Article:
Women's Ski Jumping, Halfpipe Skiing added to 2014 Olympic schedule


Women’s ski jumping and halfpipe skiing events have officially been added to the Olympic program for the 2014, Sochi, Russia Games.
 
The International Olympic Committee made the announcement today (April 6) during the IOC Executive Board’s press conference in London, site of the 2012 Summer Games. It was also announced that a decision regarding the inclusion of slopestyle skiing and snowboarding and the alpine team event will be made in late may.

“The inclusion of these events on the Olympic Winter Games programme is sure to be appreciated by athletes and sports fans alike,” said IOC President Jacques Rogge. “These are exciting, entertaining events that perfectly complement the existing events on the sports programme, bring added appeal and increase the number of women participating at the Games. I look forward to watching the athletes compete in these events in Sochi 2014.”
 
“This is a special day. The IOC’s decisions to include women’s ski jumping and halfpipe skiing marks a truly progressive era in the Olympic sport movement,” said USSA President and CEO Bill Marolt. “Today is the beginning of a chapter in the history books that will showcase these great athletes’ talent and dedication on the world’s stage in 2014 and beyond. The USSA is happy to be a part of these exciting developments in Olympic sport.”

In October 2010, the IOC EB said it was “looking favorably” at adding women’s ski jumping to Sochi 2014, but said it needed more time to consider the outcome of the sport’s 2011 World Championships in Oslo in February. In grueling weather conditions and in front of nearly 10,000 spectators, 43 athletes from 15 nations competed in Oslo compared to 36 athletes from 13 nations in Liberec, Czech Republic in 2009. Five of the top six finishers in Oslo were from different countries and ranged in age from 27 to 14.

“We are elated and relieved,” said Deedee Corradini, Women’s Ski Jumping USA president. “Sochi, Russia can proudly proclaim that it will be hosting the first gender-equal Winter Games in Olympic history.” Ski jumping (and Nordic Combined) were the only disciplines in the Winter Games that did not allow women to participate.

Skiing halfpipe was under similar scrutiny this February at the FIS Freestyle World Championships in Deer Valley, Utah. 

“I have been waiting for this decision for over six years now, it is a dream come true! Now on to the next dream: getting myself there!” said halfpipe skier Jen Hudak, a four-time X Games medalist. “I am so thrilled that the IOC decided to include halfpipe skiing in the 2014 Games in Sochi. The level of the sport is high, the interest in it is even higher, the Olympics provide us with the ultimate stage to show our sport to the world!”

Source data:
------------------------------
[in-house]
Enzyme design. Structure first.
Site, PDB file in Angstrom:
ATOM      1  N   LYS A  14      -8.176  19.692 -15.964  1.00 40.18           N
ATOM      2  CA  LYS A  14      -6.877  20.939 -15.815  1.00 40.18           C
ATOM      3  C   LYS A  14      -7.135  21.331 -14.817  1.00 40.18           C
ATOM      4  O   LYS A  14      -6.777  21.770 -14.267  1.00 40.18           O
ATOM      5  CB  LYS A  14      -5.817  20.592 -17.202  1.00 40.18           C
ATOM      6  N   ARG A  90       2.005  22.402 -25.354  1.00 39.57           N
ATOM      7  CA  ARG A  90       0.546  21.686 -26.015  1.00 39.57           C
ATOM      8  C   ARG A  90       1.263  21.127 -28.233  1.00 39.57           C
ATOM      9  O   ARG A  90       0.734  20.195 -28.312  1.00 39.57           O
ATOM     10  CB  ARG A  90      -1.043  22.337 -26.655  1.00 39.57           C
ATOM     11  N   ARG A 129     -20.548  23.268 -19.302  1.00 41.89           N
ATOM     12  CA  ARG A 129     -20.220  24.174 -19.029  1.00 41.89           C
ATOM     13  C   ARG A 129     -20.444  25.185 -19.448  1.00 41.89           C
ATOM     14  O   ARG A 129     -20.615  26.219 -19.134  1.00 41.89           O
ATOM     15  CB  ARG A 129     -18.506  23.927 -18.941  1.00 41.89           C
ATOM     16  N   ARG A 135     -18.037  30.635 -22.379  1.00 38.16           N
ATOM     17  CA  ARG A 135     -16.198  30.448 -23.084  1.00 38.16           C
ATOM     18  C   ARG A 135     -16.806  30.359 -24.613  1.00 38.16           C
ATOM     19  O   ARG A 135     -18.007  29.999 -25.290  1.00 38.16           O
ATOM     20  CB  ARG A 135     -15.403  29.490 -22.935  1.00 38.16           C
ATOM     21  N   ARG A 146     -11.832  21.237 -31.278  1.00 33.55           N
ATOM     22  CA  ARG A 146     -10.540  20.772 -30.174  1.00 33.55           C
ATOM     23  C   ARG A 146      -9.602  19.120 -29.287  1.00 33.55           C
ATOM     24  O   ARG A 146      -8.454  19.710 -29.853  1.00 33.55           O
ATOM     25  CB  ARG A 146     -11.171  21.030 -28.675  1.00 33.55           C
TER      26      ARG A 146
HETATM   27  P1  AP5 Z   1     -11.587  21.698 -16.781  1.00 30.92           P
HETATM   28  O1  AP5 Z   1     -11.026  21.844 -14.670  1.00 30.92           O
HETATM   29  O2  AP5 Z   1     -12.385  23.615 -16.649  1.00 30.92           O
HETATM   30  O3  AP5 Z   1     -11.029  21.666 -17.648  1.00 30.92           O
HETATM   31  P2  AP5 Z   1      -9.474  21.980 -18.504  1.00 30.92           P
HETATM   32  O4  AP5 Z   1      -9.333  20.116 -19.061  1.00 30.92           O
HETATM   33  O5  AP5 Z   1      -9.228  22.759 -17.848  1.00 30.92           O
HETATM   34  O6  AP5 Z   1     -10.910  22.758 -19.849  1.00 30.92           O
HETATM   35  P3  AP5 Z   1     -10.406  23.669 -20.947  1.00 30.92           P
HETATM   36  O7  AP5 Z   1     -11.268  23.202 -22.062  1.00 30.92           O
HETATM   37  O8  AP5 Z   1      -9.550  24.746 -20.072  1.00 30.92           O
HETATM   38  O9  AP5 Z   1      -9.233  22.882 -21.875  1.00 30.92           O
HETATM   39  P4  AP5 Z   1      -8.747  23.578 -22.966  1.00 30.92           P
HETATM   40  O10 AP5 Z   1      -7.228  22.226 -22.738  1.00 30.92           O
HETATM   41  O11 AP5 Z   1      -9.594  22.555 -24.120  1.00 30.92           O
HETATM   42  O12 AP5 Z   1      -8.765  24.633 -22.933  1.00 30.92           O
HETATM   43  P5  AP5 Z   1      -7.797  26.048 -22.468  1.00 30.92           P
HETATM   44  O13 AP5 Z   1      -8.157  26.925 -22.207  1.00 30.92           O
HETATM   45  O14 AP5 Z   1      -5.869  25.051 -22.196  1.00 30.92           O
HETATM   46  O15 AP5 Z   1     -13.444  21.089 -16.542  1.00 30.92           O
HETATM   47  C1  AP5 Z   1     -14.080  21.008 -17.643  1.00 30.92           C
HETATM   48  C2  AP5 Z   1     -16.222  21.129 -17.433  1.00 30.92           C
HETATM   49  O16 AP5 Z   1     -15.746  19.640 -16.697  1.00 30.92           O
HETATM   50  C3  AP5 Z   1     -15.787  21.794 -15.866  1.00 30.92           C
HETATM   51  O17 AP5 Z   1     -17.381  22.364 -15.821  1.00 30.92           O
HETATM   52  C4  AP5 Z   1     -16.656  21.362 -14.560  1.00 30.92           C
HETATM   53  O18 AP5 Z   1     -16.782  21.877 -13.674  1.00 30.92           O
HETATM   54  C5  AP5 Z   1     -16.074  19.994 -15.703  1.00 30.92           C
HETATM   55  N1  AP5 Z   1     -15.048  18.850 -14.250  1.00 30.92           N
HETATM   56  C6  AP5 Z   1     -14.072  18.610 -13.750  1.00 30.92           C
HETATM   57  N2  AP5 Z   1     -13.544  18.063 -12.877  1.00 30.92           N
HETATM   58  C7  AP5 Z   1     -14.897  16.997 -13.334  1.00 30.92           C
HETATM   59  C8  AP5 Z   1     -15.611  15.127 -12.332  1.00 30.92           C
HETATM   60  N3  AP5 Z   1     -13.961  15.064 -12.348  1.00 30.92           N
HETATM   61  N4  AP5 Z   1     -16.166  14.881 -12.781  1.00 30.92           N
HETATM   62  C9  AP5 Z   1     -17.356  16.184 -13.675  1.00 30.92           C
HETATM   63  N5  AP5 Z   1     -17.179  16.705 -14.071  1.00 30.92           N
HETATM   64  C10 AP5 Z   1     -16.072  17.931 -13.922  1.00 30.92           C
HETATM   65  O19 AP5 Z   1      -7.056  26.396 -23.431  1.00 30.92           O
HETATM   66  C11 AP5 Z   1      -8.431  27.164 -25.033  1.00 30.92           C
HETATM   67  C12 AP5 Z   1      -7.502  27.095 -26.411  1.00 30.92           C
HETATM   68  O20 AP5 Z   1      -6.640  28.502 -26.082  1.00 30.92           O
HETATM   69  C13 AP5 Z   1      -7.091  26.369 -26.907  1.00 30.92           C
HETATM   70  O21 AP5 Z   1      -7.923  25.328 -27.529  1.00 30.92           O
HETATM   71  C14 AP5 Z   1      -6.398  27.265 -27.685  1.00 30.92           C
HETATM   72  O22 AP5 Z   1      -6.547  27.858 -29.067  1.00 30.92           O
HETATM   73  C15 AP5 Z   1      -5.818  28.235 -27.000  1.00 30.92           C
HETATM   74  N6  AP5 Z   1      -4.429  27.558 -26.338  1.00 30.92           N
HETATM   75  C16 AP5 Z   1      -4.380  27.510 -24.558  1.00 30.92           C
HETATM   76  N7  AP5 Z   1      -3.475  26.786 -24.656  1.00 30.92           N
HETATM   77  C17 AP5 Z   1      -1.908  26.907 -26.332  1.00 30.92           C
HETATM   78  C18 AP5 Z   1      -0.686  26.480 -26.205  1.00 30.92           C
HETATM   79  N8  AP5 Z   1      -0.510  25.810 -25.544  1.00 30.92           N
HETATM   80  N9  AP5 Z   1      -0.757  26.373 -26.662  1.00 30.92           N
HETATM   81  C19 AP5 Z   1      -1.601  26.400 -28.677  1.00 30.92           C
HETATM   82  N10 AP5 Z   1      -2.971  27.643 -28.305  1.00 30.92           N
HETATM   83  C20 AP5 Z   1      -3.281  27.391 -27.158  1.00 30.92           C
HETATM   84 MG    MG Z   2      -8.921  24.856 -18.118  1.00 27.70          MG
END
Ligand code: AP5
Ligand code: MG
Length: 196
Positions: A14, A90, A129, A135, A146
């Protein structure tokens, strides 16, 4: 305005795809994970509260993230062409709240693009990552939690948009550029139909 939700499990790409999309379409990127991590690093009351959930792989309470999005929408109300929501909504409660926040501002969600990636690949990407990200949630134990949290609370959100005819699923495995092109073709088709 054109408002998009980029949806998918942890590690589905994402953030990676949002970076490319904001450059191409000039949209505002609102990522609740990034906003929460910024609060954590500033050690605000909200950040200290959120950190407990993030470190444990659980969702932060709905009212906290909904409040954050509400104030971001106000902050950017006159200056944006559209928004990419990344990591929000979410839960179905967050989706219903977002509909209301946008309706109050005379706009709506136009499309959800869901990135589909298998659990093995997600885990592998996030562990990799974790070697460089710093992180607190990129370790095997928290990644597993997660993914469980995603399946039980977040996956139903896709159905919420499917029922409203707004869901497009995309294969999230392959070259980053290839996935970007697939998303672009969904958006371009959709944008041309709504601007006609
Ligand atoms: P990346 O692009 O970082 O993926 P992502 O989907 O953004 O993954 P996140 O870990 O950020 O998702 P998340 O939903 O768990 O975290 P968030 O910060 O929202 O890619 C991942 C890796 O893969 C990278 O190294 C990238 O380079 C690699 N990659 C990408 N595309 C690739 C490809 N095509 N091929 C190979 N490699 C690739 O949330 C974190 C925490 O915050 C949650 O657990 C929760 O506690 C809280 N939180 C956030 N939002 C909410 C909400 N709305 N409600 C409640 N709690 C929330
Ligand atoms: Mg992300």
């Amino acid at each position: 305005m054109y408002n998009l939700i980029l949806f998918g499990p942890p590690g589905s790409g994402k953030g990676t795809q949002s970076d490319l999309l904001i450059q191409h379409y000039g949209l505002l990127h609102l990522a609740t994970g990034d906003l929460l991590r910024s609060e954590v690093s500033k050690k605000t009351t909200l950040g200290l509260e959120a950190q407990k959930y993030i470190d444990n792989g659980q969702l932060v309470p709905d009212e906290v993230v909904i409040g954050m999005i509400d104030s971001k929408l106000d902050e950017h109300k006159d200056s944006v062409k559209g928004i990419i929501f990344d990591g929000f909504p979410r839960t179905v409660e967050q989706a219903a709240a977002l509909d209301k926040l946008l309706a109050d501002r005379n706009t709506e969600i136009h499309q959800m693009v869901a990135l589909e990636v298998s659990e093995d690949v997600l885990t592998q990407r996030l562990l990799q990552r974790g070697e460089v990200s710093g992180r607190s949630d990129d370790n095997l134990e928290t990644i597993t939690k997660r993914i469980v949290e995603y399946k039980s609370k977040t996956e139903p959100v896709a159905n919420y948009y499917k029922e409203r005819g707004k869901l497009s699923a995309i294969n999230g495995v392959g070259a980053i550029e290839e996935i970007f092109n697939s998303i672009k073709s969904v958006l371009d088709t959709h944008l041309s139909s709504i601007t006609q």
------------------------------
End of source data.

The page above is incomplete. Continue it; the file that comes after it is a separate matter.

The International Ski Federation (FIS) had recommended twice to the IOC to include women’s ski jumping in Sochi; three World Championships will have taken place before 2014; and a new World Cup circuit starts in 2011/2012.
 
“I am thrilled the IOC decided to add our sport. Personally, this means a lot to me. I started ski jumping when there were no international women’s competitions,” said 26-year-old American Lindsey Van, the 2009 World Champion. “Women’s ski jumping has been growing over the past 10 years, but inclusion in the Olympics is what our sport needed to take the next step.”
 
Participation in women’s ski jumping continues to increase worldwide. Since 2006, when the IOC turned down a women’s ski jumping event for 2010, at least three more countries have women ski jumpers competing at the elite level including Romania, Russia and China. In that same year, 83 women from 14 nations were registered to compete on the FIS Continental Cup and in 2010, those numbers increased to 182 women from 18 nations.
 
The inclusion of Skiing halfpipe, a staple on the widely popular X Games schedule for years, proves that the IOC is attempting to stay current with the involvement of youth in winter sports. Since its debut in 1998, the halfpipe snowboarding event has become one of the Games most popular events and skiing halfpipe promises to follow.

“This is a great moment for freeskiing. I feel honored to be considered to be in the same class as an Olympic athlete. It’s exciting to be recognized as an Olympic caliber sport,” said Simon Dumont, a four-time X Games gold medalist. “I hope to have the opportunity to go to Russia and make my country proud. I’ve been waiting for the chance to bring home a medal.”

Images by Gepa

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